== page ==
Something around there. So a band called The Insensitives. So but we were like a popular cover band in the area and we did, yeah. You know, casinos and lots of clubs and we did parties. And we were busy. So that kept me busy. So from then and then I took a break during Covid and then started up actually last year playing out again.
Same group has been, no, that band broke up. So but playing with this guy named Eric Larson who's a really, really good blues rocke guitar player. So playing bass with him. Nice. And did a band, played in a band called Showtime, which. Earth, wind and fire and guitar and that band and stuff. But yeah, so Covid took a break and now back on it.
And one of the things I've noticed from post covid, the gigs are earlier, so like seven to 10, seven to nine,
**Morgan:** that's like break a dawn for a musician. I'm like you gotta set your alarm to wake up by then .
**Ed:** Exactly, exactly. I'm having breakfast before the. Yeah. And then they're paying just as much or even a little more.
So there's, I think, a little more generosity due to the lack. And I've been getting tons of gigs in Silverton where I live, so I'm five minutes from my house.
**Morgan:** That's awesome. Versus when I met you, ed was driving what, an hour, an hour and a half, depending on where you were going in the, in the city every single day.
**Ed:** Yep. Yeah. Yep. It's a long haul. So now I'm teaching two days a week in Silverton, and then two days in Lake Swego area. And like I said, all the gig, most of the gigs are been in town, and I'm like, the best part of the gig is to drive home. It's like I'm five minutes away and I'm like, I'm home by nine 30.
It's, oh God, it's. No . I mean literally at towards the end with the Insensitives, especially on the Saturday when I had a help Chris break down, I was, I would leave at like six to go to the gig and then I'd get home at like four in the morning, you know? And I was sleeping in truck stocks, truck stops on the way home cuz I was getting so tired, you know?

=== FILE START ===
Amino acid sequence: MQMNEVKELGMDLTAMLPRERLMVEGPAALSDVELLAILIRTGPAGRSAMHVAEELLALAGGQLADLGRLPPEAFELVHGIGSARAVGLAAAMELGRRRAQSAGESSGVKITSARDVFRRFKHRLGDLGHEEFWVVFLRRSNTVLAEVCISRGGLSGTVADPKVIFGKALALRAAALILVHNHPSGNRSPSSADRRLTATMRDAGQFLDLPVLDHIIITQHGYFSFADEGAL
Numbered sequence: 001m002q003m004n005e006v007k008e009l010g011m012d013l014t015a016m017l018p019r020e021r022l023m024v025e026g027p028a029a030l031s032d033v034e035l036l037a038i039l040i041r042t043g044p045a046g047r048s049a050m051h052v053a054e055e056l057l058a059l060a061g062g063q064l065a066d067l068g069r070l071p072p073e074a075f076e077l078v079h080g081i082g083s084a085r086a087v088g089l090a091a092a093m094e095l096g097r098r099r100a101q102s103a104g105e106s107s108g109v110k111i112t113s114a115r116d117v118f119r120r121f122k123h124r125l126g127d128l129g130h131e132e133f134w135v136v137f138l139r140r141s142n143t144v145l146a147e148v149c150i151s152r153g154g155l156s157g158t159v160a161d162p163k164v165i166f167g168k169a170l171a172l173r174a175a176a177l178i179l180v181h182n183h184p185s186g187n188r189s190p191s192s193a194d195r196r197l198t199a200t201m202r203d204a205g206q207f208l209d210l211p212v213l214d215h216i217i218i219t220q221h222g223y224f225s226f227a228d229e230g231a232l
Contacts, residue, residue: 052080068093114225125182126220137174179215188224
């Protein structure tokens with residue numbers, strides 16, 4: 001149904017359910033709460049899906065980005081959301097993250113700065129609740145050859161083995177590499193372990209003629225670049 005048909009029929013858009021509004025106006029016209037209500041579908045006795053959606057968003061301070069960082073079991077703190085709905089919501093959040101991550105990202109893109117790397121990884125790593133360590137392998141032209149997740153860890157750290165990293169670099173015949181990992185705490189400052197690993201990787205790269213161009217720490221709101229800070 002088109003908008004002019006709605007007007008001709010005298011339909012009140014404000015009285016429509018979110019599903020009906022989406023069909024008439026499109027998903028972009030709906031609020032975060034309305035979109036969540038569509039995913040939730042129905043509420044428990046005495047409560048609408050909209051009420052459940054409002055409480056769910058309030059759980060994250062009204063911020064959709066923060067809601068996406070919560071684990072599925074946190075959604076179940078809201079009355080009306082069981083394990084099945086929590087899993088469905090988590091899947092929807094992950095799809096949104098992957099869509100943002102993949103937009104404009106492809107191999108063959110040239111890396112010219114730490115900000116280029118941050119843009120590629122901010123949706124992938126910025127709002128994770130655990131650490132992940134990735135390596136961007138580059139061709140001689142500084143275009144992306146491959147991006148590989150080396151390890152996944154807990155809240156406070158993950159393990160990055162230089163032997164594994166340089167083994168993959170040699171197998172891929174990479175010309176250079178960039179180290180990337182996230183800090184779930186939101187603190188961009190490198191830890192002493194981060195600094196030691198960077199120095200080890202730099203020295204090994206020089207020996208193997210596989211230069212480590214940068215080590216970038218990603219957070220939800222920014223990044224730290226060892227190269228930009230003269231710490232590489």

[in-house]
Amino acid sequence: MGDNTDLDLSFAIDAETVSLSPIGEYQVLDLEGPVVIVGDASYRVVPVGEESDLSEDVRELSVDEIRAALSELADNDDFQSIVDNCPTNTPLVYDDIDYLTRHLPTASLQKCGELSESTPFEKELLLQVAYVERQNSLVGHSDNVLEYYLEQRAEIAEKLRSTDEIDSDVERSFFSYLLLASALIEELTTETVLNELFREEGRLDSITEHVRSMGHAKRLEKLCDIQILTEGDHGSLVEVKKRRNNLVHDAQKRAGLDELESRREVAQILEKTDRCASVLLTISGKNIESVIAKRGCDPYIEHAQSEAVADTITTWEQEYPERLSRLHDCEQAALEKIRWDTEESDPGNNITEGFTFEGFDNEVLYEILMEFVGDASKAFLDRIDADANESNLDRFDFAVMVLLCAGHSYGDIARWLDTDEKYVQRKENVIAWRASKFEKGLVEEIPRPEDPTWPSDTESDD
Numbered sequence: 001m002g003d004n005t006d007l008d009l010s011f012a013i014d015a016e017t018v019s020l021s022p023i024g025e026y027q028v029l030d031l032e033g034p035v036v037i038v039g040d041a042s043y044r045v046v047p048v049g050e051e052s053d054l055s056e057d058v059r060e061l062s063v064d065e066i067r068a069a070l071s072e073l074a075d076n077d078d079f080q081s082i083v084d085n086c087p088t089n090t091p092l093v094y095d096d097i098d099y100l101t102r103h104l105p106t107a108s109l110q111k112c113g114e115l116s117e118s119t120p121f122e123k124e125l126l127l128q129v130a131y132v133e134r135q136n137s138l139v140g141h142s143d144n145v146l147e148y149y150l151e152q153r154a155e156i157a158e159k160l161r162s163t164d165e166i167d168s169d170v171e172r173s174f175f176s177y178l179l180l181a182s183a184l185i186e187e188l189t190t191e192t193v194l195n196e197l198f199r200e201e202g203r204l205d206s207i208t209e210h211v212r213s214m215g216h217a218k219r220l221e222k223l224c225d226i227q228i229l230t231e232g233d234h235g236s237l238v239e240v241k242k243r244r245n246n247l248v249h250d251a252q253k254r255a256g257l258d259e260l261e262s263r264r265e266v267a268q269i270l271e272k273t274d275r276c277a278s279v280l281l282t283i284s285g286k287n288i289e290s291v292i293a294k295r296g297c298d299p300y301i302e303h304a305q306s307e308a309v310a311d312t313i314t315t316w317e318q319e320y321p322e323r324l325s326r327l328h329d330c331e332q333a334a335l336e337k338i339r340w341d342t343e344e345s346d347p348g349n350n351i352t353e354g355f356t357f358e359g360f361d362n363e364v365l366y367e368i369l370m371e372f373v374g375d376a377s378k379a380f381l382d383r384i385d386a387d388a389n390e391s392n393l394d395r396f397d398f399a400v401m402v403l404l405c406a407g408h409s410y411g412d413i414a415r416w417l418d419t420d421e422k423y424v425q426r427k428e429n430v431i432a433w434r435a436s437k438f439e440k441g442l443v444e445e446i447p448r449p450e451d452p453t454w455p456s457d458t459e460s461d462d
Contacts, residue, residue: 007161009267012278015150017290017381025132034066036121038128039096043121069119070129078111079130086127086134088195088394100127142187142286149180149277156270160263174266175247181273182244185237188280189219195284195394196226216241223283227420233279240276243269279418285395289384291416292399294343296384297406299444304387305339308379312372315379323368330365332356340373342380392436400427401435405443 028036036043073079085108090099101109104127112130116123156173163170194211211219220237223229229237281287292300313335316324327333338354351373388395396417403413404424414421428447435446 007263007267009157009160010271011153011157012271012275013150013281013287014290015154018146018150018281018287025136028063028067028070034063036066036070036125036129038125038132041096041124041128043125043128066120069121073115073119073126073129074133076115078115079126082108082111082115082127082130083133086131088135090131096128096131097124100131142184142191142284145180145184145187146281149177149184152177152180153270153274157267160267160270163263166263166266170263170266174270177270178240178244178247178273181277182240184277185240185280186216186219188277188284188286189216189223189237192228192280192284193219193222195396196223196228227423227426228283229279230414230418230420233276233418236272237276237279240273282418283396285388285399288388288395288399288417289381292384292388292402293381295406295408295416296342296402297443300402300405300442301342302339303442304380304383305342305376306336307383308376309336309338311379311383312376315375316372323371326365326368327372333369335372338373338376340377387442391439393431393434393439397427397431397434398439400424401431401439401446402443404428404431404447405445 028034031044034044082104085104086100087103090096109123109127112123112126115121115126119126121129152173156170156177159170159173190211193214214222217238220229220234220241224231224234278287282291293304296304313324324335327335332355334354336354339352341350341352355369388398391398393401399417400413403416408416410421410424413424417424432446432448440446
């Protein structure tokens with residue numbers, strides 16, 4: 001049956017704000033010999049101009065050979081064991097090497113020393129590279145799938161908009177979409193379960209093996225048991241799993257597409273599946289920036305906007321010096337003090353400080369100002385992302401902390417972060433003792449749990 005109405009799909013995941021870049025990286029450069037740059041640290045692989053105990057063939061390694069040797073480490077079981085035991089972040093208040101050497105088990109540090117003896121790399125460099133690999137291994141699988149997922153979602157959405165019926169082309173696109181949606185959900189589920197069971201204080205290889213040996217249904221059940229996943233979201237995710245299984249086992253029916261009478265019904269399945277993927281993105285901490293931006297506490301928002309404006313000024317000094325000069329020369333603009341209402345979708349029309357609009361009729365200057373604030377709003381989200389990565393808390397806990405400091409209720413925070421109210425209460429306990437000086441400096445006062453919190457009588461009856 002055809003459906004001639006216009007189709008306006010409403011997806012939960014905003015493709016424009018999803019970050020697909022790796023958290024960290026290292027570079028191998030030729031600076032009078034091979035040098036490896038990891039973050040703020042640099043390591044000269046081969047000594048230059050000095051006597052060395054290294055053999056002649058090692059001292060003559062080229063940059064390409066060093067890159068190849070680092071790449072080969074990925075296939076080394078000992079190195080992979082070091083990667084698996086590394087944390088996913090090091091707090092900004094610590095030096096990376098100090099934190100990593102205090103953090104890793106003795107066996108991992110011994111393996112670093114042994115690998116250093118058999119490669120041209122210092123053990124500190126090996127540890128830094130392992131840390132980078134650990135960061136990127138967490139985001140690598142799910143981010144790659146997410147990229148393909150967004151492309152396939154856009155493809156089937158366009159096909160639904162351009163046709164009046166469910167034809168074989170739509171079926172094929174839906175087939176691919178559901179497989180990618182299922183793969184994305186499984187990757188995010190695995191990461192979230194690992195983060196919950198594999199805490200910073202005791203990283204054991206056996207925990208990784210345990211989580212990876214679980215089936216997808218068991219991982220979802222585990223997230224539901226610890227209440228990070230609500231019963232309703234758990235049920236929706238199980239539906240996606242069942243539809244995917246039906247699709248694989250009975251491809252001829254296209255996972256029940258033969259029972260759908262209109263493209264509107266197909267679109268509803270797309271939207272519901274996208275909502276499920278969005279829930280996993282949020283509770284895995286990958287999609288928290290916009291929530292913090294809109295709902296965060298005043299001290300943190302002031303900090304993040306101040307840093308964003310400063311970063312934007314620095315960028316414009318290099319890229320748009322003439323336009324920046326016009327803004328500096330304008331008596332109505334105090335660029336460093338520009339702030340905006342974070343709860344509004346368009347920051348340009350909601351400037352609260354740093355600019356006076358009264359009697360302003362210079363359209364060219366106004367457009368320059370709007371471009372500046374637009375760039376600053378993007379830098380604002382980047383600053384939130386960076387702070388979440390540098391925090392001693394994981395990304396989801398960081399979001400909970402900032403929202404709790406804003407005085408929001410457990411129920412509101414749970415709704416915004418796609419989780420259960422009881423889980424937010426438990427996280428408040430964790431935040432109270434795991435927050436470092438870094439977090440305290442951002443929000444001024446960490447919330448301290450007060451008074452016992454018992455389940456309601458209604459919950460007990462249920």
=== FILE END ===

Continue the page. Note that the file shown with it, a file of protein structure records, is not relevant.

So those days seem to be over and thank goodness, you know? Yeah. Yes.
**Morgan:** Yeah. Can you describe the difference between playing in a band? I mean, I've seen, I've seen the Insensitives. I think I was at the The Harley Davidson. The Harley Davidson. Yep. Yeah. So it's full band, drums, guitar bass, two guitars, possibly a sing lead singer.
Versus some of the gigs you were describing to me earlier, the, the loops and the single just being by yourself. Can you describe the difference of what that's like and, and yeah. What the joys of each are and maybe some of the challenges? Sure. Cause they're
**Ed:** very different. Yeah. Yes. Very different. The, so with being in a band the joys are that collaborative.
Co-creative force of nature that you are as a band. You know, you are when you're playing with the right people and you guys get along and and you play long enough, there's a, a synchronicity and a tele musical telepathy that happens where you know where somebody's gonna go. They have their patterns, and, and you create moments of kind of like instantaneous spontaneity and musicality.
Is wonderful. And you also, those gigs are, people are dancing, they're, you know, when you play the right songs and people are up, it's wonderful to get the crowd going. On the downside, every band is like a dysfunctional family. So you have issues, you have personality conflicts, you know, people are quirky.
You have all that. . So people will have different tastes. They have different, so it's, it's, you know, it's that push and pull of, well, I wanna do this song, eh, let's see this song. So there's some of that happening. And then also sometimes people kind of decide to leave, you know, I'm tired of it.
And so you have to fill in. So with that band, the Insensitives, we had 1, 2, 3, I think four different drummers. The original keyboard player quit. We got a new keyboard. , but that led to some cool things. And then we ended up having a female sax player, Chelsea, who could sing like Lady Gaga. So that was exciting.
So it brought, so there's that constant shifting with the solo gigs. There's no one to worry about but me, I get all the money and I get to do whatever I want. Yeah, it also sounds nice, and it's wonderful. The downsides. You know, there's not many that I can think of. The only thing you know you know, I have to do everything.
So I have to get the gigs, I have to, you know, promote them. I have to do, whereas with the band, sometimes some of those tasks were divvied up or given to someone else. But yeah, I'm loving the solo gigs, you know the, the ease, the independence, you know? Plus I usually play bass in a band situ. So I'm playing guitar and I'm playing the way that I like to play, and the response has been like, just overwhelmingly positive.